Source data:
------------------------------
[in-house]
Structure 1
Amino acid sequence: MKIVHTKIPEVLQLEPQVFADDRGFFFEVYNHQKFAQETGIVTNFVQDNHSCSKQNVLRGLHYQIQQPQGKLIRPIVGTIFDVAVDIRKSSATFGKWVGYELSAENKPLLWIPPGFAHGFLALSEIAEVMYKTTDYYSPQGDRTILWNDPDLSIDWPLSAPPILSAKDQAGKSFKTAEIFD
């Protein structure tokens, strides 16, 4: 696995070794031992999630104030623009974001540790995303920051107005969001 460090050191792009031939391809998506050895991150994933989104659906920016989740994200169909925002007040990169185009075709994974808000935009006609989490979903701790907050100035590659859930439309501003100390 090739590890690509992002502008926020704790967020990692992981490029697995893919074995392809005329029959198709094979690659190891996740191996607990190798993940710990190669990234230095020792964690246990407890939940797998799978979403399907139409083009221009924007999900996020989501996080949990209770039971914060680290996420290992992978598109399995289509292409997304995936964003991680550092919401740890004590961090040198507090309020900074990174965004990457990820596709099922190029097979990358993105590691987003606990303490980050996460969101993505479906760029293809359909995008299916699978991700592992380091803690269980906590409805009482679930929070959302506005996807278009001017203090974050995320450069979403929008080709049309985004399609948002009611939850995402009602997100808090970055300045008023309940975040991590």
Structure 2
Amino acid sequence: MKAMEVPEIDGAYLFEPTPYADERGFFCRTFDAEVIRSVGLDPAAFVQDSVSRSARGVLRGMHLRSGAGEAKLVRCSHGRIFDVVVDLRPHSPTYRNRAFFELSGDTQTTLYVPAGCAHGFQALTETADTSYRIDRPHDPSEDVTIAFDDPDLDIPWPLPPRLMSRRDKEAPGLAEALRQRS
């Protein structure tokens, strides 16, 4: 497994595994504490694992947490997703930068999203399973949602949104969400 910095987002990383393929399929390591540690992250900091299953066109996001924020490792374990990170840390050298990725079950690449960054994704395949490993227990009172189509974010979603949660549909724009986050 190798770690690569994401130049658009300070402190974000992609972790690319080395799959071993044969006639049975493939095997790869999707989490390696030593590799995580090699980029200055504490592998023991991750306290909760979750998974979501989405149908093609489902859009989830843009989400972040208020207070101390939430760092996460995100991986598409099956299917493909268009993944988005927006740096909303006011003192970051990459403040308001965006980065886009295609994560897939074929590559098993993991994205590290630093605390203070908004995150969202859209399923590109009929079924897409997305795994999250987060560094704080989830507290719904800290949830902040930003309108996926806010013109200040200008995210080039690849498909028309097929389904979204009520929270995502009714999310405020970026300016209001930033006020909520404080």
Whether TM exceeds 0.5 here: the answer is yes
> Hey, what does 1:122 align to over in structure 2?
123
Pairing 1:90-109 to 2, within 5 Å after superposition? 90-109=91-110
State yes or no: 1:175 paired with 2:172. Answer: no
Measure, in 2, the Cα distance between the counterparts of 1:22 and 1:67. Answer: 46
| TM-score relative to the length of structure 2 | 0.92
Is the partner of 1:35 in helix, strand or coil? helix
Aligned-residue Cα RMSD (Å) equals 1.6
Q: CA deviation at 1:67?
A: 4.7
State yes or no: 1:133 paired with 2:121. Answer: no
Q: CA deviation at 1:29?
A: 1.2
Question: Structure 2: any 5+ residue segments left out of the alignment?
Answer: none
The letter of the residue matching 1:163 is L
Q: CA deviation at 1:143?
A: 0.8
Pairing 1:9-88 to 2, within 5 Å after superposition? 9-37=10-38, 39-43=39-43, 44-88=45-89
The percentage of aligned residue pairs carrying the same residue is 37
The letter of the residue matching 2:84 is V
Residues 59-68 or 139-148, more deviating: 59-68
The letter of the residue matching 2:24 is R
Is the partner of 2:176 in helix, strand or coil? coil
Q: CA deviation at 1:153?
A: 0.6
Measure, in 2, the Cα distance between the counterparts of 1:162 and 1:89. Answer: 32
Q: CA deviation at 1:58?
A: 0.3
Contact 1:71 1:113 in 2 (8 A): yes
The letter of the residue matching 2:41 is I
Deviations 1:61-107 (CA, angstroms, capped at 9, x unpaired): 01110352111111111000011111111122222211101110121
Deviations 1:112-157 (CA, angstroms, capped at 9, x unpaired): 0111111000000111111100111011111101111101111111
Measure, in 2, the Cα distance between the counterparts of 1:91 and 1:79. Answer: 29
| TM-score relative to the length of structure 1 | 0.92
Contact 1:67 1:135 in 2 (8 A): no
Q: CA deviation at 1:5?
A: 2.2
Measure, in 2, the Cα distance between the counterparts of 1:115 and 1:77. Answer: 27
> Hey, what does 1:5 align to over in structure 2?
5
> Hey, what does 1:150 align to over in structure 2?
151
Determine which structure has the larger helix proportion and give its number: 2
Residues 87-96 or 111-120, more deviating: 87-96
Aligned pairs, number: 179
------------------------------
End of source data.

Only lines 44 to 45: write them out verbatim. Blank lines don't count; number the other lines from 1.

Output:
Contact 1:67 1:135 in 2 (8 A): no
Q: CA deviation at 1:5?